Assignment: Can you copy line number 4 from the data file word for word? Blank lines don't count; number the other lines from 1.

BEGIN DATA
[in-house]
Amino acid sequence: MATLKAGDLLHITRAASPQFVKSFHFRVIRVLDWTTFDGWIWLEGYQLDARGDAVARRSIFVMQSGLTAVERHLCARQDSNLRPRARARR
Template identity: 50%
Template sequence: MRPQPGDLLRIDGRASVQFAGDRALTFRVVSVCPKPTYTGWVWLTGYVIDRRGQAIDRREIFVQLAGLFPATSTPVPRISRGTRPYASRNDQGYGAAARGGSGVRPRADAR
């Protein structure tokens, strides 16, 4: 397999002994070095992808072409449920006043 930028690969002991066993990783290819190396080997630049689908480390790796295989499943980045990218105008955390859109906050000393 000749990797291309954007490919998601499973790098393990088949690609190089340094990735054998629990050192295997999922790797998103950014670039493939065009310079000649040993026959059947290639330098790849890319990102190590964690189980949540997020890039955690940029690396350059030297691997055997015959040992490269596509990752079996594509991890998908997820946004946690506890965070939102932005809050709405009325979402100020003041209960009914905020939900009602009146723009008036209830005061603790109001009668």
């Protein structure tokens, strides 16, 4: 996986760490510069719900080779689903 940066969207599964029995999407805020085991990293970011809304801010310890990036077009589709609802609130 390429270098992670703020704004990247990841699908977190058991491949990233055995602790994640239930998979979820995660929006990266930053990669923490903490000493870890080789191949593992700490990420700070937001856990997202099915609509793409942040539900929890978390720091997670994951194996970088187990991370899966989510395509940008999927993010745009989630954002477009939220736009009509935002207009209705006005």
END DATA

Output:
Template sequence: MRPQPGDLLRIDGRASVQFAGDRALTFRVVSVCPKPTYTGWVWLTGYVIDRRGQAIDRREIFVQLAGLFPATSTPVPRISRGTRPYASRNDQGYGAAARGGSGVRPRADAR